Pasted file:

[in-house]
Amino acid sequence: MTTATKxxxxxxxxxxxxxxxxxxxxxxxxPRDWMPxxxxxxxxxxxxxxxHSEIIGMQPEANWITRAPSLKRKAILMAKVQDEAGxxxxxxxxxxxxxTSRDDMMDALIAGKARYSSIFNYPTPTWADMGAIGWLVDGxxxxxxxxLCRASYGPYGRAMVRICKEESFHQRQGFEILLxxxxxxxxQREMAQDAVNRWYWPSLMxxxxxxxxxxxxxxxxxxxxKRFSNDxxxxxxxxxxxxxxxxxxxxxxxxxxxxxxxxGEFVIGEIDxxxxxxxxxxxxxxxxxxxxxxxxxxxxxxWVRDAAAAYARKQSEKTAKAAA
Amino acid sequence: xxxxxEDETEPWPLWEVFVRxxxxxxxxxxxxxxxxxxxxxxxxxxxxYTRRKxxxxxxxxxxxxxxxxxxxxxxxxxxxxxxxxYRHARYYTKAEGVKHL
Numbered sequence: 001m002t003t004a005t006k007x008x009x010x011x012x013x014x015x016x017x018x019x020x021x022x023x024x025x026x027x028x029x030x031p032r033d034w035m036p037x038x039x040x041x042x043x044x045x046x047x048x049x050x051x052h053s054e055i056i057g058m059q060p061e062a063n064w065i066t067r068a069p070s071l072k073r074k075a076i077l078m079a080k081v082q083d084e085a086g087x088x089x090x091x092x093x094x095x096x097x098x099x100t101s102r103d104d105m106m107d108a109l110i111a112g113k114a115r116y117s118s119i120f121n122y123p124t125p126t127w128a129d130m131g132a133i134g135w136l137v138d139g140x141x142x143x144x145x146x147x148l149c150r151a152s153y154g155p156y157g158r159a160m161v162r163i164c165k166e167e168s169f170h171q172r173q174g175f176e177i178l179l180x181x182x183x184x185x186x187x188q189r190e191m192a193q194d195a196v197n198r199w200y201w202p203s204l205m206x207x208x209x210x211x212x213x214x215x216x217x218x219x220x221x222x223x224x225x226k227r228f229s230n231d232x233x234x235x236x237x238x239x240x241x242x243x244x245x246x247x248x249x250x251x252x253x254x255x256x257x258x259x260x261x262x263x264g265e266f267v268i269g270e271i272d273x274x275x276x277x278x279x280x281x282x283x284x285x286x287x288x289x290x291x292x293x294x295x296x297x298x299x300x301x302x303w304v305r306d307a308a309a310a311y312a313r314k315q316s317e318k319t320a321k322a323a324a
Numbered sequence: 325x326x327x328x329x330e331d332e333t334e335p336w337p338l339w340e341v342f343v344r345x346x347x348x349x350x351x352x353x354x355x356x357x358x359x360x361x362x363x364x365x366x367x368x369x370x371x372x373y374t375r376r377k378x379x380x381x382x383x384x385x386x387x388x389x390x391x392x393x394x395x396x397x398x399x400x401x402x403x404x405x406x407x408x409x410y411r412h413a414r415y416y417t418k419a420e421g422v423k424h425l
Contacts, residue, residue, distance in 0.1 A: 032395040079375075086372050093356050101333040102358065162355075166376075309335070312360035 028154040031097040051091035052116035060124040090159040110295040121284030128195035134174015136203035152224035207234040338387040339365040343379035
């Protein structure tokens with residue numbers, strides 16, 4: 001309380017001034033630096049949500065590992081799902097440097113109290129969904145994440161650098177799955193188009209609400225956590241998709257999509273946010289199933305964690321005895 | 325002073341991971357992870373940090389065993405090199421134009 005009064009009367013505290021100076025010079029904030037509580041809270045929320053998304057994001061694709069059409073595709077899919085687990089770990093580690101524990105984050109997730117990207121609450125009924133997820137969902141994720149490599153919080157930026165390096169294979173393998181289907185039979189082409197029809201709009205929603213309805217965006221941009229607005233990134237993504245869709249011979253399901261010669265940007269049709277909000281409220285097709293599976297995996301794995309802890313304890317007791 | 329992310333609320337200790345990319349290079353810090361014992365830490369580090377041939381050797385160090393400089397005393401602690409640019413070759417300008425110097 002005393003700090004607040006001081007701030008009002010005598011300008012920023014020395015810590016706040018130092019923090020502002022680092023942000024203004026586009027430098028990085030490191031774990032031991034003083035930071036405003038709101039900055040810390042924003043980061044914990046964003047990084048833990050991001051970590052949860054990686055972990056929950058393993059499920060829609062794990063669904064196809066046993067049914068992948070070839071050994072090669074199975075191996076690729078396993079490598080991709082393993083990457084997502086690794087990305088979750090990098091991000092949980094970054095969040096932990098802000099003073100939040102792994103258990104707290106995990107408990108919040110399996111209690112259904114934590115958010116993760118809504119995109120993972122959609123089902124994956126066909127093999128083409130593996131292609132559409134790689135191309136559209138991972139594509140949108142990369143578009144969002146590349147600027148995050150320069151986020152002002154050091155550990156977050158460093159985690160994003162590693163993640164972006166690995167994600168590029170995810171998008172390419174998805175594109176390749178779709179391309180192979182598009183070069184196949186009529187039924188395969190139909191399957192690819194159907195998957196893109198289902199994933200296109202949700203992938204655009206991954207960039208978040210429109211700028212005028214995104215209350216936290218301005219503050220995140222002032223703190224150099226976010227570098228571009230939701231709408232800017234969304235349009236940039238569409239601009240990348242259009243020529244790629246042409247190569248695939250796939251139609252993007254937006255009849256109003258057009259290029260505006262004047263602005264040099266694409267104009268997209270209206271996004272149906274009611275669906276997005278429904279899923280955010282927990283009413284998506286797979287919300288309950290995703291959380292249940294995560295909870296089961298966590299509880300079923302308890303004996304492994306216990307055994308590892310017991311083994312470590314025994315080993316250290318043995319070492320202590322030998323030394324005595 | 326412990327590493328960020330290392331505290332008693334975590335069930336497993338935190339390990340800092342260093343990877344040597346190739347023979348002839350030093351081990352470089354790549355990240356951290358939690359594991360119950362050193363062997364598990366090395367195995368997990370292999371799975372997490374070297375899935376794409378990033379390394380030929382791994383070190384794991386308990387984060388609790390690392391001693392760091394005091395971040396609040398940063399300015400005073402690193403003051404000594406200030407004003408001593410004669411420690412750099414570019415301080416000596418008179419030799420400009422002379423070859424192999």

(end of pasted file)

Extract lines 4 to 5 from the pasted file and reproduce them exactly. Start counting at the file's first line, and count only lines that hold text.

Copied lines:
Numbered sequence: 001m002t003t004a005t006k007x008x009x010x011x012x013x014x015x016x017x018x019x020x021x022x023x024x025x026x027x028x029x030x031p032r033d034w035m036p037x038x039x040x041x042x043x044x045x046x047x048x049x050x051x052h053s054e055i056i057g058m059q060p061e062a063n064w065i066t067r068a069p070s071l072k073r074k075a076i077l078m079a080k081v082q083d084e085a086g087x088x089x090x091x092x093x094x095x096x097x098x099x100t101s102r103d104d105m106m107d108a109l110i111a112g113k114a115r116y117s118s119i120f121n122y123p124t125p126t127w128a129d130m131g132a133i134g135w136l137v138d139g140x141x142x143x144x145x146x147x148l149c150r151a152s153y154g155p156y157g158r159a160m161v162r163i164c165k166e167e168s169f170h171q172r173q174g175f176e177i178l179l180x181x182x183x184x185x186x187x188q189r190e191m192a193q194d195a196v197n198r199w200y201w202p203s204l205m206x207x208x209x210x211x212x213x214x215x216x217x218x219x220x221x222x223x224x225x226k227r228f229s230n231d232x233x234x235x236x237x238x239x240x241x242x243x244x245x246x247x248x249x250x251x252x253x254x255x256x257x258x259x260x261x262x263x264g265e266f267v268i269g270e271i272d273x274x275x276x277x278x279x280x281x282x283x284x285x286x287x288x289x290x291x292x293x294x295x296x297x298x299x300x301x302x303w304v305r306d307a308a309a310a311y312a313r314k315q316s317e318k319t320a321k322a323a324a
Numbered sequence: 325x326x327x328x329x330e331d332e333t334e335p336w337p338l339w340e341v342f343v344r345x346x347x348x349x350x351x352x353x354x355x356x357x358x359x360x361x362x363x364x365x366x367x368x369x370x371x372x373y374t375r376r377k378x379x380x381x382x383x384x385x386x387x388x389x390x391x392x393x394x395x396x397x398x399x400x401x402x403x404x405x406x407x408x409x410y411r412h413a414r415y416y417t418k419a420e421g422v423k424h425l